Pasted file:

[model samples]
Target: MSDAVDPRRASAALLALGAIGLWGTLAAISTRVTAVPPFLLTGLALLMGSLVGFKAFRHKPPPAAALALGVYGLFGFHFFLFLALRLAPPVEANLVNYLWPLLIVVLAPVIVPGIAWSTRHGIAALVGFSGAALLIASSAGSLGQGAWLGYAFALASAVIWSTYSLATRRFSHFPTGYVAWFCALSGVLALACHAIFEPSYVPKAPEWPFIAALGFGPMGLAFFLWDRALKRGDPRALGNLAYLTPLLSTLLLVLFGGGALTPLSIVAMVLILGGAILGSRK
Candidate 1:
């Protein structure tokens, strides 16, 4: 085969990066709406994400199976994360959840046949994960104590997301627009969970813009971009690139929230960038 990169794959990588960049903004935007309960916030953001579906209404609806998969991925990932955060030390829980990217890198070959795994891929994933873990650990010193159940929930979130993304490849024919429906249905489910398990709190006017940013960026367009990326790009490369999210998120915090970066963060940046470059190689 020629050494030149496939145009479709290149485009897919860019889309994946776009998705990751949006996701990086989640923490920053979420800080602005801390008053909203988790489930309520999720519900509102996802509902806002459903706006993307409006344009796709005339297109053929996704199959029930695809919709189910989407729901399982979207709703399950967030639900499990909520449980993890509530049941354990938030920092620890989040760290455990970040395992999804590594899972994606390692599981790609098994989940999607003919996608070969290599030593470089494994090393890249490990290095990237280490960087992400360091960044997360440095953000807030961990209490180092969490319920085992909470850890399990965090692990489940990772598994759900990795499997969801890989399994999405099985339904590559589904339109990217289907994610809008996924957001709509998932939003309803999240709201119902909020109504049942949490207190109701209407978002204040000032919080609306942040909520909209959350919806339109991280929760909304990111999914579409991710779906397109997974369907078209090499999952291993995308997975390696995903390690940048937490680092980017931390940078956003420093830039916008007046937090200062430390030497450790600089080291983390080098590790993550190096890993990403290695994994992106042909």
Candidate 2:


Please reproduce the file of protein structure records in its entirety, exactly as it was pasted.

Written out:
[model samples]
Target: MSDAVDPRRASAALLALGAIGLWGTLAAISTRVTAVPPFLLTGLALLMGSLVGFKAFRHKPPPAAALALGVYGLFGFHFFLFLALRLAPPVEANLVNYLWPLLIVVLAPVIVPGIAWSTRHGIAALVGFSGAALLIASSAGSLGQGAWLGYAFALASAVIWSTYSLATRRFSHFPTGYVAWFCALSGVLALACHAIFEPSYVPKAPEWPFIAALGFGPMGLAFFLWDRALKRGDPRALGNLAYLTPLLSTLLLVLFGGGALTPLSIVAMVLILGGAILGSRK
Candidate 1:
């Protein structure tokens, strides 16, 4: 085969990066709406994400199976994360959840046949994960104590997301627009969970813009971009690139929230960038 990169794959990588960049903004935007309960916030953001579906209404609806998969991925990932955060030390829980990217890198070959795994891929994933873990650990010193159940929930979130993304490849024919429906249905489910398990709190006017940013960026367009990326790009490369999210998120915090970066963060940046470059190689 020629050494030149496939145009479709290149485009897919860019889309994946776009998705990751949006996701990086989640923490920053979420800080602005801390008053909203988790489930309520999720519900509102996802509902806002459903706006993307409006344009796709005339297109053929996704199959029930695809919709189910989407729901399982979207709703399950967030639900499990909520449980993890509530049941354990938030920092620890989040760290455990970040395992999804590594899972994606390692599981790609098994989940999607003919996608070969290599030593470089494994090393890249490990290095990237280490960087992400360091960044997360440095953000807030961990209490180092969490319920085992909470850890399990965090692990489940990772598994759900990795499997969801890989399994999405099985339904590559589904339109990217289907994610809008996924957001709509998932939003309803999240709201119902909020109504049942949490207190109701209407978002204040000032919080609306942040909520909209959350919806339109991280929760909304990111999914579409991710779906397109997974369907078209090499999952291993995308997975390696995903390690940048937490680092980017931390940078956003420093830039916008007046937090200062430390030497450790600089080291983390080098590790993550190096890993990403290695994994992106042909």
Candidate 2: